While children experience milder COVID-19 reactions than adults, many of Reagan’s patients are chronically ill, and are thus at greater risk for complications if afflicted with the virus. Reagan described how one of her greatest fears during the pandemic is that she will unintentionally infect one of these patients with COVID-19. But despite this anxiety and the tense energy in the hospital, she spoke confidently about her work as a nursing assistant.

“Being resilient health care providers is really important because … you’re not going to see a patient die every day of your career, but you certainly are going to deal with heavy stuff almost every day of your career, and it’s good to know and have the skill set to be able to deal with that,” Reagan said.

Nurses often spend the most face-to-face time with patients, especially during the pandemic, when the hospital limits the number of people such as visitors allowed in COVID-19 rooms. For that reason, nurses are not only providing medical attention and information, but also emotional and social support. Of course, this means that they bear witness to — and help mitigate — tough situations.

“It’s important as a nurse to internalize those things your patients are telling you, but it’s also important to protect yourself, so that you know that’s not coming home and affecting your day-to-day life,” Reagan said. “And that you’re able to come home and enjoy your life and not necessarily live in your patient’s grief or live in your patient’s concerns or worries.”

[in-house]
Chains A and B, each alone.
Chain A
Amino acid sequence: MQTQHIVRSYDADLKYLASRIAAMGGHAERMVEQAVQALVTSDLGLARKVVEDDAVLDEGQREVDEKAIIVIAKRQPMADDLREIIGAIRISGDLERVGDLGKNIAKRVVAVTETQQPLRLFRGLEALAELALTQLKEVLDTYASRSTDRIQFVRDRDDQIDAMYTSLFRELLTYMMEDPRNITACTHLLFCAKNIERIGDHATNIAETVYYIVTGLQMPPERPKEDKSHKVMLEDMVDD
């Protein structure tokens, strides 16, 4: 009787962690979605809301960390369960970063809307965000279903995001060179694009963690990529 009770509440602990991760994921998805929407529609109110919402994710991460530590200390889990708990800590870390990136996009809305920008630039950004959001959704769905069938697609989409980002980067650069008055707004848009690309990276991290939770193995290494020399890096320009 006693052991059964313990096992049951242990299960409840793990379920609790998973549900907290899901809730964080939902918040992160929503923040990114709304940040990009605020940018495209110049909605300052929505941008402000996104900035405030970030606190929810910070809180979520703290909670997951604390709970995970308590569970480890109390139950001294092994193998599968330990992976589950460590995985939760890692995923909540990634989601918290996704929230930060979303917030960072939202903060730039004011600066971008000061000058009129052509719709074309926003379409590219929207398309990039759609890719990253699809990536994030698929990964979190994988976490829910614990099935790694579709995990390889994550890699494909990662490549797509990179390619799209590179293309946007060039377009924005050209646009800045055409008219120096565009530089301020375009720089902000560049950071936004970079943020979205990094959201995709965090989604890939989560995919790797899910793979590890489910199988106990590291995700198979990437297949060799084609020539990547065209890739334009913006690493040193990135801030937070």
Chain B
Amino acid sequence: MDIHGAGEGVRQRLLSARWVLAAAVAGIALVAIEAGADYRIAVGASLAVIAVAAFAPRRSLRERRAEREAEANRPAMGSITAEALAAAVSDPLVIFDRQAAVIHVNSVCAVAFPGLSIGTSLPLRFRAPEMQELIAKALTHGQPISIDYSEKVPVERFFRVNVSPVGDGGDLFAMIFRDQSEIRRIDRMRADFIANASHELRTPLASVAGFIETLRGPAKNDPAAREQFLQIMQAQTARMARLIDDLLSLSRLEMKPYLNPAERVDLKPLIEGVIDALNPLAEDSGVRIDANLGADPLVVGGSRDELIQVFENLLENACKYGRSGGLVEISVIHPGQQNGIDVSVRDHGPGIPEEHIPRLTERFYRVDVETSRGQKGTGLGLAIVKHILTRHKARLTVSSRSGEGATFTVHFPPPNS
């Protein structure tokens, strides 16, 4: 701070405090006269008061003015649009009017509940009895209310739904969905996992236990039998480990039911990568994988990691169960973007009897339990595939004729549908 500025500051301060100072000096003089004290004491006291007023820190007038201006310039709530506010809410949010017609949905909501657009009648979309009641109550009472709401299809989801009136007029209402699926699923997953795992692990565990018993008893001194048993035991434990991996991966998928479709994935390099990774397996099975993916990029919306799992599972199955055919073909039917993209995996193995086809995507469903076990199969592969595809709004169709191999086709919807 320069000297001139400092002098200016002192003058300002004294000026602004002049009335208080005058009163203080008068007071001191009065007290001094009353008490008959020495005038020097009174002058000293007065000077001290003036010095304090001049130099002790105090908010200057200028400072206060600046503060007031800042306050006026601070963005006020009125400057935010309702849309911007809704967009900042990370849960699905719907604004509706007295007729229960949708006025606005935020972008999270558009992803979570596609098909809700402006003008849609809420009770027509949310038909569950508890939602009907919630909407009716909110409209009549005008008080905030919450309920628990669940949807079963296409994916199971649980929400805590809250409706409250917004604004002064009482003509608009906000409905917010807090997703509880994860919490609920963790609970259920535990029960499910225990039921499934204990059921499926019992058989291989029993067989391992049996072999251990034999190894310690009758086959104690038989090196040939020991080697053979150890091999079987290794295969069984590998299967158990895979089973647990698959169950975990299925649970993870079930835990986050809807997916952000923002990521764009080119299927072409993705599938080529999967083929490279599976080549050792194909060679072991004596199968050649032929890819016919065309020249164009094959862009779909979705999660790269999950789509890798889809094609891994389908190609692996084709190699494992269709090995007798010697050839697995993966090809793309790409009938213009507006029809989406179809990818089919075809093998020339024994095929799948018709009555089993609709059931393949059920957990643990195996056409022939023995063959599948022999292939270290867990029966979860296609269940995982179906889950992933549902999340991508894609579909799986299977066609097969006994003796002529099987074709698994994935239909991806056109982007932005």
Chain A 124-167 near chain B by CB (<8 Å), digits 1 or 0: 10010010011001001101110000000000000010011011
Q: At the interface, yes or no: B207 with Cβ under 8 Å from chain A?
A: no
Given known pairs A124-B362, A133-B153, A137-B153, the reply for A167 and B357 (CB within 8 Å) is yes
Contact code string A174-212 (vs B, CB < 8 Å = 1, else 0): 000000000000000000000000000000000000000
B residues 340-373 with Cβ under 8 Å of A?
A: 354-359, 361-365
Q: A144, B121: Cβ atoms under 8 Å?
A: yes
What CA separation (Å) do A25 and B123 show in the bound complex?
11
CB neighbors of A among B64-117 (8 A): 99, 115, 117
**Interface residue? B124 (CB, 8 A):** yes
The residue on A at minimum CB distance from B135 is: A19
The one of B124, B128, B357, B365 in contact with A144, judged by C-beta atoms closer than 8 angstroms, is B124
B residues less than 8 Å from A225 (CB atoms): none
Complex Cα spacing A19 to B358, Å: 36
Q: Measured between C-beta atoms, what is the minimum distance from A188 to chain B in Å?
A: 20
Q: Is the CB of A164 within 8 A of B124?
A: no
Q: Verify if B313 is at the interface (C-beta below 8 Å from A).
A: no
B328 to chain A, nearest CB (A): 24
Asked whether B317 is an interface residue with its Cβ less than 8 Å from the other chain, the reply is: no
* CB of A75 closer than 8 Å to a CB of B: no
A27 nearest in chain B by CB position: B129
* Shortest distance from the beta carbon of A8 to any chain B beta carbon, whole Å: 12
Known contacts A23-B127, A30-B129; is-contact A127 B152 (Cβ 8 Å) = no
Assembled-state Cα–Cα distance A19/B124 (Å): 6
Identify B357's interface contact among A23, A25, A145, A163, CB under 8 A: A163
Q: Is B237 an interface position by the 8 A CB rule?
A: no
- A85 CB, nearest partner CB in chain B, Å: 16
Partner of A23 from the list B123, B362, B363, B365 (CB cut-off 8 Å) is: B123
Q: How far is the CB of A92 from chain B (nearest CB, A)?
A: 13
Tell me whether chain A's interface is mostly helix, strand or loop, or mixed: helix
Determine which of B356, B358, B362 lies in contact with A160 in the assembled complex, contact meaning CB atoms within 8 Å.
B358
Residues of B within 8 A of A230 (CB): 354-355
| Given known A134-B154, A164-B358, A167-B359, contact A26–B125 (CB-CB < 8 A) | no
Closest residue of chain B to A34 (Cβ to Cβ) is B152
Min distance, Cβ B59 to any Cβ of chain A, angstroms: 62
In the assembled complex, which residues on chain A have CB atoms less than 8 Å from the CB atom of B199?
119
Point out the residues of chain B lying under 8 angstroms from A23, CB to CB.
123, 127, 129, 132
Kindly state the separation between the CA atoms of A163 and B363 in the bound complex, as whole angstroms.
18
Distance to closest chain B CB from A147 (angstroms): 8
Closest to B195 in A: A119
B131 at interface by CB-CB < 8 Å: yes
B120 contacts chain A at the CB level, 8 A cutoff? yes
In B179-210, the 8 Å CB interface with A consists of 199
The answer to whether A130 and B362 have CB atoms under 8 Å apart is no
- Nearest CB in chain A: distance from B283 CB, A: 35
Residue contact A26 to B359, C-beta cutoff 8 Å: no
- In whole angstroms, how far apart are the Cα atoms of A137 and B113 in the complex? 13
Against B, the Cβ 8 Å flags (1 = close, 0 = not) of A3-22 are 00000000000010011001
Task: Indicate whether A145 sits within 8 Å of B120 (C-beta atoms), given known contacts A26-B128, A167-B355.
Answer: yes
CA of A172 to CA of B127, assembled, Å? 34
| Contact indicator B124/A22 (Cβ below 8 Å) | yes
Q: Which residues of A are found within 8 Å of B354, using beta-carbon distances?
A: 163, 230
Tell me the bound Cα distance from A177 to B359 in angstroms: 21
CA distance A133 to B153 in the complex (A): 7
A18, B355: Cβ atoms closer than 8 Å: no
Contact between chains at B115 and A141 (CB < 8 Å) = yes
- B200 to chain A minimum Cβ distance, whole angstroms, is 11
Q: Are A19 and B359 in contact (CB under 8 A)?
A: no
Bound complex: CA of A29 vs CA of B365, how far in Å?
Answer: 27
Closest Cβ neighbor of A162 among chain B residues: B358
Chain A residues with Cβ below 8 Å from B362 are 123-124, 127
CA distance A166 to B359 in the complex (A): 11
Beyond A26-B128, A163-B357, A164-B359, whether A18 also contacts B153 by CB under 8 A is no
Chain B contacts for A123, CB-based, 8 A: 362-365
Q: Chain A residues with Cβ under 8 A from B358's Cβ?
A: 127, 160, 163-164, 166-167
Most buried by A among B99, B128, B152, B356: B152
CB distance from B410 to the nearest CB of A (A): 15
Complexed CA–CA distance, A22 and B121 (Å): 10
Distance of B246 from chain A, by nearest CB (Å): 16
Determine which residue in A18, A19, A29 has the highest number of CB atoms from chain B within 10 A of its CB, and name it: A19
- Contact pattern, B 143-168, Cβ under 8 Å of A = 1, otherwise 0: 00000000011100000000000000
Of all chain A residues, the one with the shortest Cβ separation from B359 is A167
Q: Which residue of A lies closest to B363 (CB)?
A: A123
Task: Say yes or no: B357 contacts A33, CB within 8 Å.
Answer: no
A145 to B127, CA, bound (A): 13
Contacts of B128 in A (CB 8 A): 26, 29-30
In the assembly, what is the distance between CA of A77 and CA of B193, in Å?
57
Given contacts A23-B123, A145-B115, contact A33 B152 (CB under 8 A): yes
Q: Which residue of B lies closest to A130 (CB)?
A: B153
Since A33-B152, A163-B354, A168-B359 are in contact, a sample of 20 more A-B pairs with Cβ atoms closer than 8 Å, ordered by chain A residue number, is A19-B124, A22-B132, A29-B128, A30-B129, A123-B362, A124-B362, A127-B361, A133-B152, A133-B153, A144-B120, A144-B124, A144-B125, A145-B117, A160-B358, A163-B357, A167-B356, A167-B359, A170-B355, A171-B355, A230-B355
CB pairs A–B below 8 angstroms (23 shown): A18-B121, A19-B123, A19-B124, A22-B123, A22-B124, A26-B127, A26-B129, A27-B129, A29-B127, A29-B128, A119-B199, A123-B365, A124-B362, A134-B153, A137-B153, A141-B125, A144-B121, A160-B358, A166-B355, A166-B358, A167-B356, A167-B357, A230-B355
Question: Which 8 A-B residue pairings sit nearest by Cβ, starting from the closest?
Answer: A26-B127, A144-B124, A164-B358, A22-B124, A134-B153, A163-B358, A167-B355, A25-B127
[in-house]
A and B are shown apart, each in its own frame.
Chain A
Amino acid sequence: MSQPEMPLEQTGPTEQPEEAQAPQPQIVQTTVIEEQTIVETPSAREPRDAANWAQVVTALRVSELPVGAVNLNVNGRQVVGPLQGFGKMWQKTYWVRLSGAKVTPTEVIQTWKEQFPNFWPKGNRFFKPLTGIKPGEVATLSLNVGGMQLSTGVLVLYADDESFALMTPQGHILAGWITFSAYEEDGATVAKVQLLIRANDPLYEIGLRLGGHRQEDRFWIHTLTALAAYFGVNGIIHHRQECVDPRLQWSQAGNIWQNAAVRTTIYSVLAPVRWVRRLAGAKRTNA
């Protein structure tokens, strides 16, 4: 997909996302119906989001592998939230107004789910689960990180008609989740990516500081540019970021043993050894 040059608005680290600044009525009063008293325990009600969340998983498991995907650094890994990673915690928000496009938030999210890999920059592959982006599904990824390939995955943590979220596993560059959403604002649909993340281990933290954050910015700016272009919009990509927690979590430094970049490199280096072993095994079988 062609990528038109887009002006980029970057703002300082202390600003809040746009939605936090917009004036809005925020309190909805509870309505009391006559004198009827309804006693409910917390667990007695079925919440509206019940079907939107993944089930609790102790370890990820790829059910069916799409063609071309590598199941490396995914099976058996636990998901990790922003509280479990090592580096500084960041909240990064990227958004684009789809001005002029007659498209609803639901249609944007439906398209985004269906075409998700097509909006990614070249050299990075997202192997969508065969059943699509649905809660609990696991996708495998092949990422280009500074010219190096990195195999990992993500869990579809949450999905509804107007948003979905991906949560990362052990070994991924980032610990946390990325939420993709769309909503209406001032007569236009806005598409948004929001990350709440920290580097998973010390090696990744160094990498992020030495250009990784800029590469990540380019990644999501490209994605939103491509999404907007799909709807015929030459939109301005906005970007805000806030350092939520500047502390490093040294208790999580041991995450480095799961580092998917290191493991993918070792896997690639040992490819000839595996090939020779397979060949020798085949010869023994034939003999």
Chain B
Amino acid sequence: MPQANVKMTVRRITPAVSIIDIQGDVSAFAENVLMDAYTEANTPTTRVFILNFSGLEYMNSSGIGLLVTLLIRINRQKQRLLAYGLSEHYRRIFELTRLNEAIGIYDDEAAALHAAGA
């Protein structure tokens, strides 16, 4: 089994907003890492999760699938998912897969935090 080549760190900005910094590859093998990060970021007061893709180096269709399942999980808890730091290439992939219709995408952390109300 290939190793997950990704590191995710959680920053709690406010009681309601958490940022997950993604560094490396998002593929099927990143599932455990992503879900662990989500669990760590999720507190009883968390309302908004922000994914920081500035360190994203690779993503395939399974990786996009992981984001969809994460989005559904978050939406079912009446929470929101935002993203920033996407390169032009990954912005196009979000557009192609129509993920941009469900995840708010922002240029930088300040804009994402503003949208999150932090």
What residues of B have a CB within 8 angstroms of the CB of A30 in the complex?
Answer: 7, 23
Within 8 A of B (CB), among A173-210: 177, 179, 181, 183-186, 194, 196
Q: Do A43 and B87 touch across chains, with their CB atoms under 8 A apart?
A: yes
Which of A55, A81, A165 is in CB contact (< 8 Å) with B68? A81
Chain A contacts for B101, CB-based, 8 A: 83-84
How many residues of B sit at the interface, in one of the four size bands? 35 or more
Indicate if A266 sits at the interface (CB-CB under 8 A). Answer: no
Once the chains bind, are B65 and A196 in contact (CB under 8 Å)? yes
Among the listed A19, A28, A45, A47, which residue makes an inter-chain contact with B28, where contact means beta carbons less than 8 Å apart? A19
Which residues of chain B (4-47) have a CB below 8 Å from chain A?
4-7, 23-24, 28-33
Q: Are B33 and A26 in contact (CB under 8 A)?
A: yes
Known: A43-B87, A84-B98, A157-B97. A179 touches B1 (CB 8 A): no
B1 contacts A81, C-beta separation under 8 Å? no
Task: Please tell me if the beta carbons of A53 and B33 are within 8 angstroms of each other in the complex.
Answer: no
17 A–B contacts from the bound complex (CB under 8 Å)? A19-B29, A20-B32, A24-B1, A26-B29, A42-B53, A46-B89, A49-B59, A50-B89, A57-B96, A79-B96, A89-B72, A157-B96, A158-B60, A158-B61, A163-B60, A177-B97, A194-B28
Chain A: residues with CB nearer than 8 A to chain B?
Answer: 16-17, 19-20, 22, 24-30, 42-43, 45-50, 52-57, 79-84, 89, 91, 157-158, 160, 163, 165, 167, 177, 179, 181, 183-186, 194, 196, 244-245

It’s a mentality that takes time to build, according to Dr. Firn, who spoke about the training of young health care professionals in dealing with patient loss and pain.

“I don’t think we necessarily go into these sort of service positions thinking we’re going to help people die,” Dr. Firn said. “That’s a lot of what health care is, but I don’t think we do a good job of training folks in an area where we can talk about it.”

Dr. Firn mentioned that pre-clinical exposure to topics in grief and loss can help health care professionals better react and empathize with patients. She noted a course like this that she took during her own education in medicine and social work, which she said had significant impacts on her clinical work. 

“It did help me, sitting with those uncomfortable feelings,” Dr. Firn said. “And sort of playing out those scenarios meant that I had done some of the pre-work, so I could be more present to patients and families in the moment.”

But Dr. Firn noted that it’s difficult to mimic this gradual, classroom introduction to grief during the pandemic; and while Reagan and Rebecca both indicated that the pandemic had strengthened their emotional durability, I wondered if it was enough, considering how new they are to the workforce.

“In thinking about students, how are we preparing them even before they get into the clinical experience for that?” Dr. Firn concurred. “And then when we’re in it — do we have the ability to get good supervision? Because this impacts us, but where do we talk about it in a way that is not going to penalize us, or have people think ‘Oh you can’t do this job,’ just because (grief and loss are) impacting us.”